Hello World! Introducing DatabaseCI

2020-08-19


tl;dr: We got funding to create DatabaseCI, a SaaS database management tool around migra. migra itself will continue to be full-featured open source software. Book a demo or email [email protected] to find out more.

How migra started

Around four years ago, I wrote the first code for an open source project called migra.

A technical itch had built up so much I just had to scratch it - I'd been working in various places as a software developer and data engineer, and noticed a common problem: managing database structure was really hard. The tools were very bad.

Changing things around within a database was a slow, boring, error-prone process. What I wanted was a "diff" tool for databases, where one database could be compared with another, and the changes needed to move between them would be autogenerated.

It seemed to work - and has since grown into a fairly widely used tool.

A little while back development slowed down a little. migra was always a labour of love, and life gets in the way of maintaining software in your spare time. It was frustrating to not be able to squash every bug and add every cool feature requested.

Interviewing with Y Combinator

I'd thought about some ways to support further development of migra and make it financially sustainable, but hadn't settled on anything concrete.

But then I noticed that Y Combinator were running a fully remote batch (due to COVID-19) for their next intake - without the hurdle of travelling to the US from Australia, there was little downside in applying.

Somewhat unexpectedly, they emailed to say I'd made their interview round. As somebody with little experience of the startup world, the interview format seemed crazy - effectively a ten minute Zoom call to decide yes or no on a $150k USD investment. And due to timezones, all the available interview slots were in the middle of the night in Melbourne.

Soon after the interview Y Combinator got back to me with a "no" decision - they liked migra and the idea of a product around it, but I hadn't built anything yet or really fleshed out my plans, so it was too early for them to commit to anything - fair enough.

Think globally, apply locally

While that was temporarily disappointing, it was also encouraging - so I fleshed out my plans a bit more, and applied to the Melbourne intake of Startmate, which is essentially Australia's Y Combinator.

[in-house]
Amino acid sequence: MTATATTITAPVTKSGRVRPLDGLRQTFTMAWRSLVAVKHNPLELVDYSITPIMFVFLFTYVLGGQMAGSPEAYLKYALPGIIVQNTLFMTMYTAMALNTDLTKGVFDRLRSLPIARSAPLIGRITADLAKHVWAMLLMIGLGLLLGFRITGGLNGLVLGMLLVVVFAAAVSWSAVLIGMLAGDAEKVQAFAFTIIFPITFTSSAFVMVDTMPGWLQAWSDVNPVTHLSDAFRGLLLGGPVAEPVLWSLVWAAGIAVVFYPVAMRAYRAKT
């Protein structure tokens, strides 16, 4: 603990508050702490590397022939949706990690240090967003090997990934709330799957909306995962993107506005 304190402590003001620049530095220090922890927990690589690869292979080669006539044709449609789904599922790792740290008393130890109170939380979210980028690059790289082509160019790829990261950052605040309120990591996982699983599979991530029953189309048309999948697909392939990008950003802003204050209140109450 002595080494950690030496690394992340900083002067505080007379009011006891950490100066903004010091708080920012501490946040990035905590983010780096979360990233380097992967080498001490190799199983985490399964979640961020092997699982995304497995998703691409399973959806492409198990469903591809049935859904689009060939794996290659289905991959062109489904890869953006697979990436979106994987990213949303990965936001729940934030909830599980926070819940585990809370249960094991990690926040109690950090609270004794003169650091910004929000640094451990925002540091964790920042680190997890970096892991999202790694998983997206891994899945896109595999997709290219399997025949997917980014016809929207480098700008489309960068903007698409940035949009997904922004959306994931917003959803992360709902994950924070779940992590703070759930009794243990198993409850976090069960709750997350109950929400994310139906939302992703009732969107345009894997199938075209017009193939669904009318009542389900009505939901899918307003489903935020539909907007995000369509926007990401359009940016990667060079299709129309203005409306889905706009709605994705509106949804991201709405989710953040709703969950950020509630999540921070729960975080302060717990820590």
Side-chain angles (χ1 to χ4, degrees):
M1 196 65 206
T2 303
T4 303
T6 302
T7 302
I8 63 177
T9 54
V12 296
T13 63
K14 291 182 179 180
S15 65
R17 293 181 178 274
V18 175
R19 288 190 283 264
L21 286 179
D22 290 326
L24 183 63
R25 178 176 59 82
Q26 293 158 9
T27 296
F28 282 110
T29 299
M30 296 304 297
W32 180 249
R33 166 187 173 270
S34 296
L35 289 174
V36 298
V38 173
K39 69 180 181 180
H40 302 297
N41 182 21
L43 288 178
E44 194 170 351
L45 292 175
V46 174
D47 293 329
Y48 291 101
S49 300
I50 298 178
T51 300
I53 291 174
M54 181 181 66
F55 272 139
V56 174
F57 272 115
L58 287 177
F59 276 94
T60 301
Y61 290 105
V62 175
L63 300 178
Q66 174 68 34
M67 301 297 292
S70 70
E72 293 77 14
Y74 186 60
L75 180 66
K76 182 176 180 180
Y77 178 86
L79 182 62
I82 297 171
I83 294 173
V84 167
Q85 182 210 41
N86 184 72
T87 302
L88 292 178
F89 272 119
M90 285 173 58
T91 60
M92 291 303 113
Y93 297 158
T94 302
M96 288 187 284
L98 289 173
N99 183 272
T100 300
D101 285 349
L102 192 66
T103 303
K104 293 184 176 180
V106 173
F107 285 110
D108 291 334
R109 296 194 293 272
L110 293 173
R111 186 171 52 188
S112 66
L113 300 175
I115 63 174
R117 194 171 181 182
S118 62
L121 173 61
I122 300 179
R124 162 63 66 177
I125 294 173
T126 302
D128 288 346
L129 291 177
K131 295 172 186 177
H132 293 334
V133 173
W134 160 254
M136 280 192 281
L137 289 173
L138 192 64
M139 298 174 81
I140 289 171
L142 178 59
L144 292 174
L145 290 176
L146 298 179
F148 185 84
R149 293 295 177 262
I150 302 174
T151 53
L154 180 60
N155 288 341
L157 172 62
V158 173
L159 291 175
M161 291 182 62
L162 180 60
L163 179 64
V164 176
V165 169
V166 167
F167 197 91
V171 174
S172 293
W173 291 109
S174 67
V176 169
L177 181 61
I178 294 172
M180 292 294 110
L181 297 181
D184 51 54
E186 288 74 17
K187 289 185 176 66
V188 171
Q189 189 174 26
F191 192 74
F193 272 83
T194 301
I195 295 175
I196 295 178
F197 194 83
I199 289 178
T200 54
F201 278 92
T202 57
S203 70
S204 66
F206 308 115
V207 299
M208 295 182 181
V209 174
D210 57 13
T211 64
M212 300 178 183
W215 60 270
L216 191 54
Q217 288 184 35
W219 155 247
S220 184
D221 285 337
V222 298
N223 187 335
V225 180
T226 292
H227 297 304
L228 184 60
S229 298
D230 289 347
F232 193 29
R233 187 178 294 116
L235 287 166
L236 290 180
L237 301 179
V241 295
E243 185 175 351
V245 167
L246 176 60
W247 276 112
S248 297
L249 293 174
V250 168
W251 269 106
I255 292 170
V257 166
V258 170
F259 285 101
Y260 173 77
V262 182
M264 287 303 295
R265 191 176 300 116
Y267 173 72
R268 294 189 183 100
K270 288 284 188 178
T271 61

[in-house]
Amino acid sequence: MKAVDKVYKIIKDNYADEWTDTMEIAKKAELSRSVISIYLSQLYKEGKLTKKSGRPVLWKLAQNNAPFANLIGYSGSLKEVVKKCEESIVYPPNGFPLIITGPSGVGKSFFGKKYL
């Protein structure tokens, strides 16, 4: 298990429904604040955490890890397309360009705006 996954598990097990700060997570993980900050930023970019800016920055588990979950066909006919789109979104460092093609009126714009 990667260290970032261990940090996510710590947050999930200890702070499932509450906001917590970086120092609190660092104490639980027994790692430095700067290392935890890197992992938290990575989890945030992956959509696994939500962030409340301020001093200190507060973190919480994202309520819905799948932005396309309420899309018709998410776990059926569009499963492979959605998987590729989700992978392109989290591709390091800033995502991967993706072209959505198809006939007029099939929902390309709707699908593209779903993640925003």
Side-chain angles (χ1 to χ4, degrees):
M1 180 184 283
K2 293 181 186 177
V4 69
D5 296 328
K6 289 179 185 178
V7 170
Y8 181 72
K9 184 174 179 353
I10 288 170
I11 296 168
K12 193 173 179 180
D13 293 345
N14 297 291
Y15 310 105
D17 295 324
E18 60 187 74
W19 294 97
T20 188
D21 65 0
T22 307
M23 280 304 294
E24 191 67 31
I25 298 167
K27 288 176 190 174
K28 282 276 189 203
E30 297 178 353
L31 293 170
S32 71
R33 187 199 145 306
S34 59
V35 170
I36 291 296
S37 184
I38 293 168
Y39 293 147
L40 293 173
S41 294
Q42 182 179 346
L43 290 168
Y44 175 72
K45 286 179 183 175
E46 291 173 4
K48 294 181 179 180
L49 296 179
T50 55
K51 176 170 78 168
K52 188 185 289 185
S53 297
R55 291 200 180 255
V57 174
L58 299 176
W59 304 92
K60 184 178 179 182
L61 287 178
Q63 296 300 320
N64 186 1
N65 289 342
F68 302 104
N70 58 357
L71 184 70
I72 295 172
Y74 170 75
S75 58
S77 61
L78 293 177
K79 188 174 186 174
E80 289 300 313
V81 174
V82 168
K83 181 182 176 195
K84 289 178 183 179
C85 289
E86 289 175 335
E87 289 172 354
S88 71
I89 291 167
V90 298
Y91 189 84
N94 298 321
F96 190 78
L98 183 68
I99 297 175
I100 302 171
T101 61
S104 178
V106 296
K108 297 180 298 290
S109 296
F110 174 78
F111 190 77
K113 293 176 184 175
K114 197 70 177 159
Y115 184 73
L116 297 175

The application and interview process for Startmate were a little less compressed - two rounds of longer-format interviews instead of one very short one. Being local there were also no timezones to deal with.

Once again I was skeptical of my chances - like Y Combinator, Startmate gets hundreds of applications each intake, and few are accepted. So I was somewhat surprised when they called to tell me I'd made it!

Along with investment, Startmate surrounds you with a pretty amazing people who have done it all before - advisors who've founded unicorn companies, successful investors, and subject matter experts. Plus there's a cohort of fellow startup founders in the same boat as you, supporting each other.

Being surrounded by such smart, ambitious (and super nice) people has been pretty humbling.

What is DatabaseCI exactly? How will this affect migra?

DatabaseCI is take the principles of continuous integration and applies them to database management.

We have three main features on our roadmap. We hope to tackle these in order, and thus are focussed primarily on the first one:

DatabaseCI is a hybrid between SaaS and local install - the interface is hosted, but database connections and credentials stay within your own infrastructure via an agent - this means you never need to share your credentials with us.

migra will remain open source as it always has been - and get more attention than ever as we continue to develop it alongside DatabaseCI.

Email [email protected] if you'd like to talk more about what we're building.

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